Yuh-Shioh Wong’s first solo exhibition in New York, Spirits Gone Astray is a landscape of myriad forms that eloquently displays Wong’s multifaceted and prodigious talents as a draftsman, painter, and sculptor.
The exhibition consists of over thirty unique pieces that are united by a shared theme. Wong displays a fantasy world where animals that are extinct live and evolve. Though each situation is distinct and operates as a strong independent work, there is an organic continuity that runs through the groupings akin to the diversity that coexists harmoniously in the natural world. Her strategy feels similar to the different lands described by Marco Polo in Italo Calvino’s Invisible Cities: although each purports to be a unique place, they ultimately describe a single land, formed from the convergences of different descriptions and experiences into a portrait of one place.
Wong’s works are material explorations of two and three dimensions crafted from a standard stock of Styrofoam, papier-mâché, concrete, and pigment. The underlying link between her different approaches seems to be the sketchy drawings that act as the genesis for even the largest, most rough-hewed sculptures. The work for her recent Hunter MFA explored metamorphosis in small, lithe creatures that transform into a multitude of states within a single form—from aquatic to mammal to plant, for instance. The sinewy lines suggest the evolutionary chains of microbiology, and Wong’s influence by, and interest in, science could rightly be connected to her academic training at MIT. Yet formally, the sureness of their mark evokes the fluid touch of Anna Gaskell’s hyper-sexualized women, with the strange audacity of Eva Hesse’s devouring machines. While substantially different in type, these are women artists who defined a space for themselves through drawings that push the limits of their practice, in part by pushing the limits of what organic means. Wong’s lipid works speak to a state of personal absurdity and idiosyncratic investigation that sets the parameters for the rest of her endeavors, many of which are crudely executed and less forcibly bound to realism.
Despite their prominence, finding the drawings can take some effort, as in "Moving Land" (2003), which operates simultaneously as a sculpture, a shelter for press releases, and the gallery book. The drawings are on the inside, which is visible only by literally inserting one’s head into a narrow opening, and waiting for one’s eyes to adjust to the light. Why? Because in a prior form the drawings were panel paintings, and Wong exploits the principles of reuse and reappearance.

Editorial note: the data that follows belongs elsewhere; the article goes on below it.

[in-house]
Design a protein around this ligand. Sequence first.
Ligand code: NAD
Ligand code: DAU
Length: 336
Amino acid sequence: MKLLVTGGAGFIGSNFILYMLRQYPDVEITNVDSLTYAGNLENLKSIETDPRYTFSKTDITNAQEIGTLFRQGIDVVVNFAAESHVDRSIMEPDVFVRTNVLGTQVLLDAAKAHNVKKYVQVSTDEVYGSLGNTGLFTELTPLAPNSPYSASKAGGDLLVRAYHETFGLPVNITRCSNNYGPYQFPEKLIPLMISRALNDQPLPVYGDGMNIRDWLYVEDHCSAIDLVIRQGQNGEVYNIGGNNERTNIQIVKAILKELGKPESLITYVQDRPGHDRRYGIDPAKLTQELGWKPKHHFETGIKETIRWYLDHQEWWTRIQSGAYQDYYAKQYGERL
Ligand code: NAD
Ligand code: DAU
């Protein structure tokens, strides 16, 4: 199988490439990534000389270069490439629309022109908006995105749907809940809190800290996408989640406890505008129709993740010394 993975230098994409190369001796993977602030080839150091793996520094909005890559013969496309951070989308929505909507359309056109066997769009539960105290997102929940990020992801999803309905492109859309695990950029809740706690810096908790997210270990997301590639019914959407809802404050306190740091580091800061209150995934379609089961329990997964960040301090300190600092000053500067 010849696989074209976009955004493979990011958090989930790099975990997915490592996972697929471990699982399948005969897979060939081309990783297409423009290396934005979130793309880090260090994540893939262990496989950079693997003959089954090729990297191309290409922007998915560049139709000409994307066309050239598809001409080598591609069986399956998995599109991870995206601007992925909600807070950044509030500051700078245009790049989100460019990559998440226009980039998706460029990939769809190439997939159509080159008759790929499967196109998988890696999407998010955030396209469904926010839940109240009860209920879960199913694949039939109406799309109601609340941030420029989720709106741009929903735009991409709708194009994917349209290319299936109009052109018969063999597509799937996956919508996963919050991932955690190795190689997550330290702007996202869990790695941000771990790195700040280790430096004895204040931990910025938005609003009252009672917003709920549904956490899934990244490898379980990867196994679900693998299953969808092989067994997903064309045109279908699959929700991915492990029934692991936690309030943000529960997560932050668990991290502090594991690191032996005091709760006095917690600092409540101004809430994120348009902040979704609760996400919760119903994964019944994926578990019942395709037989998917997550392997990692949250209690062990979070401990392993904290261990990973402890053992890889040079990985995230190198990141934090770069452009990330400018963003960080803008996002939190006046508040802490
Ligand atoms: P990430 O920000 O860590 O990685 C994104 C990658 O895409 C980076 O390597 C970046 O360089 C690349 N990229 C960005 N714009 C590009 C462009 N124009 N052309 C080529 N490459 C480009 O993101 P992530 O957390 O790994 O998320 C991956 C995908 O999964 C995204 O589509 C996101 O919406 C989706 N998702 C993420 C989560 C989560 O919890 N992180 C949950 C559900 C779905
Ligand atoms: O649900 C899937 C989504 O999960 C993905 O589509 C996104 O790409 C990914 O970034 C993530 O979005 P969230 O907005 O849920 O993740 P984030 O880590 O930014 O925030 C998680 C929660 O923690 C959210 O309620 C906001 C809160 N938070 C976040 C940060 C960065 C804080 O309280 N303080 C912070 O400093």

The works on paper are sometimes counterbalanced by sculptural extensions that sit on ledges jutting into space beneath the frame. This third dimension can enhance the experience of a traversable world as in "Mountain with Glasses" (2004), and it can also detract as in "Rose Petal Roofs" (2004). In the latter, a tower of paper cups partially obstructs the painting and text is visible on the quotidian, unaltered object, which brings the work down to a level of haphazard collage. In other instances, Wong’s method of recycling is engaging. In "Ice Age" (2003) a pile of jagged Styrofoam and concrete is simply a reconstituted block transformed into a craggy ridge, and in "Untitled" a mirror forms a crystalline reflecting pool for small plastic sprites and a looking glass entry for the viewer into the other world. The cups, by contrast, feel like a hasty solution for creating verticality, and lack the necessity of the other material choices.
It is probably the weight of their rims that gives these utilitarian items such an intense feeling of stasis, for elsewhere Wong’s work seems to breathe. While in Skowhegan last summer she began to experiment with pigment, working like a fresco painter directly onto the wet concrete. The tones in the sculptures are airy, and they suggest a locale of dappled sun and the fresh outdoors. There is, nevertheless, an omnipresent tension that comes from the sense that these landscapes locate themselves simultaneously in the wilderness and in a dark urban space. They retain in their architectonic armature traces of city roots, and particular pieces suggest the sense of longing for an unattainable natural world. This is especially true in the works with clouds that always stay just out of reach.
Yuh-Shioh Wong’s craft-based method and interest in drawing reflects an active awareness of the contemporary art scene in New York. But her practice is neither slick, nor self-conscious, and warrants more consideration than many of the deliberate kitsch constructions currently in vogue.